Retail expert, Catherine Erdly, shares her advice on dealing with bottlenecks in your business…
During these strange times, while many businesses have been negatively impacted by coronavirus, others have grown exponentially. It’s natural for business owners to want to grow their business – to sell more products, to grow their core team, and to increase their profits.
However, not every business is prepared for growth. Some businesses aren’t able to scale because their current systems, processes and resources are limited, causing bottlenecks in production or delivery.
But just because a business isn’t ready to scale at the moment, it doesn’t mean that it will never grow! Potential bottlenecks just need to be identified and overcome in order for a business to develop and flourish, and every business owner has the ability to do this.
To successfully overcome bottlenecks in your business, there are several factors that need to be considered in order to identify potential obstacles on the path to growth:
Physical resources – do you have the physical resources in place to deal with a sudden increase in customer demand? If you hold stock, do you have systems in place so that you have sufficient time to order (and receive) more stock before you run out of an item?
Do you have the storage or office space necessary to store your stock and to pick and pack orders? Do you have enough computers and associated hardware and software to deal with customer orders, enquiries and other day to day business tasks?
Think about all of the ways that a sudden increase in customer demand would affect your business, and highlight the potential problems that you could face. Once you have identified how your existing physical resources could limit growth, it’s time to think about how you could relieve the potential pressure that would have on your business, either by increasing resources, or adjusting your existing systems and processes.
People power – do you have enough hands to deal with all of the extra work that is associated with growing your business? When you are starting out, it’s all too easy to try and juggle numerous roles within your business, from buyer to warehouse manager, customer service assistant to accounts manager!
However, if you’re working every hour of the day, I’m afraid the likelihood is that you aren’t working effectively. We all have our unique ‘zones of genius’ within our business, and for every business owner there are tasks that can be outsourced (or passed to an employee) to free up valuable hours. Customer service enquiries and picking and packing orders are just a couple of the tasks that are relatively simple to pass to another individual to manage.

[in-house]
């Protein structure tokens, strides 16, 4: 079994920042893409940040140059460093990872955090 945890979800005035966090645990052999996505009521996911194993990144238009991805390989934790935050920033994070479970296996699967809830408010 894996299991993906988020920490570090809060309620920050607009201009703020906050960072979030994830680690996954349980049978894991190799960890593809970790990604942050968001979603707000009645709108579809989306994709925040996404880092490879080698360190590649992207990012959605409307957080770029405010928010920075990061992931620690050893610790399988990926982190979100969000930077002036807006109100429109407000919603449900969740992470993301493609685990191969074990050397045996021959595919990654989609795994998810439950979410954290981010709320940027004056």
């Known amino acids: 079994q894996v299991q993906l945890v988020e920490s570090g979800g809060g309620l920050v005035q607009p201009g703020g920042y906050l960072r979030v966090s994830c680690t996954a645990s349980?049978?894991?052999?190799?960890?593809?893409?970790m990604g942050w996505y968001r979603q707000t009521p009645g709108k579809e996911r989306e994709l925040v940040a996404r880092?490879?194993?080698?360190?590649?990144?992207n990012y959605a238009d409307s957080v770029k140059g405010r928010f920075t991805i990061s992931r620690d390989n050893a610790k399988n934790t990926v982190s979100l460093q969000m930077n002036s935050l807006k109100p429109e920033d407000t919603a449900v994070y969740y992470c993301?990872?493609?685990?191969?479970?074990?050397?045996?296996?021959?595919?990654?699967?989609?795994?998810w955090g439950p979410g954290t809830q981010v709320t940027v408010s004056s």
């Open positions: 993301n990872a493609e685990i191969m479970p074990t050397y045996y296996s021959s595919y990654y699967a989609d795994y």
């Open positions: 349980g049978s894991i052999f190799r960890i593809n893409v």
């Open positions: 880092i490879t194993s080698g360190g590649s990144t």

Why not create ‘how to’ videos to clearly demonstrate your tried and tested processes for packaging items or dealing with customer issues?
That way, new team members can easily learn your preferred methods and watch and re-watch the video as many times as they need to pick up all of the useful hints and tips you provide.
Time – Are there enough hours in the day to deal with an increase in customer demand? Would your working hours increase far beyond a level that is healthy and sustainable if you were suddenly over-run with orders? If you answer ‘no’ to either of these questions, it’s worth seriously considering taking on help from freelancers or employed team members.
Remember, if you have more time to focus on attracting customers and finding positive business opportunities, it’s likely that you will be able to bring more money into the business to help cover the hourly wage (and associated costs) of team members. Admittedly, growing your core team can be an incredibly daunting process because of the increased financial demands on your business, so start small and be realistic with your business goals. Part time staff or freelancers helping for short term contracts could be a better solution if cash flow is an issue in the early days of your business.
Efficiency – This is a bottleneck that affects every business, large or small! There are always things that even the most successful business can do to improve efficiency, so it’s worth regularly reviewing your own systems and processes to make sure they are the best they can possibly be.
Something as simple as organising your work area so that you can quickly and easily find items you need to dispatch when an order comes in can help to improve business efficiency.
Also, if you manually create emails for every customer to advise them that their order has been shipped, have you considered using an automated email marketing tool that can send these personalised emails for you? Every minute that you can free up from these tasks gives you and your team longer to dedicate to other important aspects of your business.
When identifying potential bottlenecks in your business, it is important to note that you are unlikely to find them all in one go.
Set aside some time every quarter to review your business systems and processes and establish whether you could be doing anything better.
If you do encounter a bottleneck, don’t panic! You haven’t done anything wrong. Every business will face obstacles on their unique path to growth and success, and the vast majority of these can be overcome effectively with a little thought and effort.
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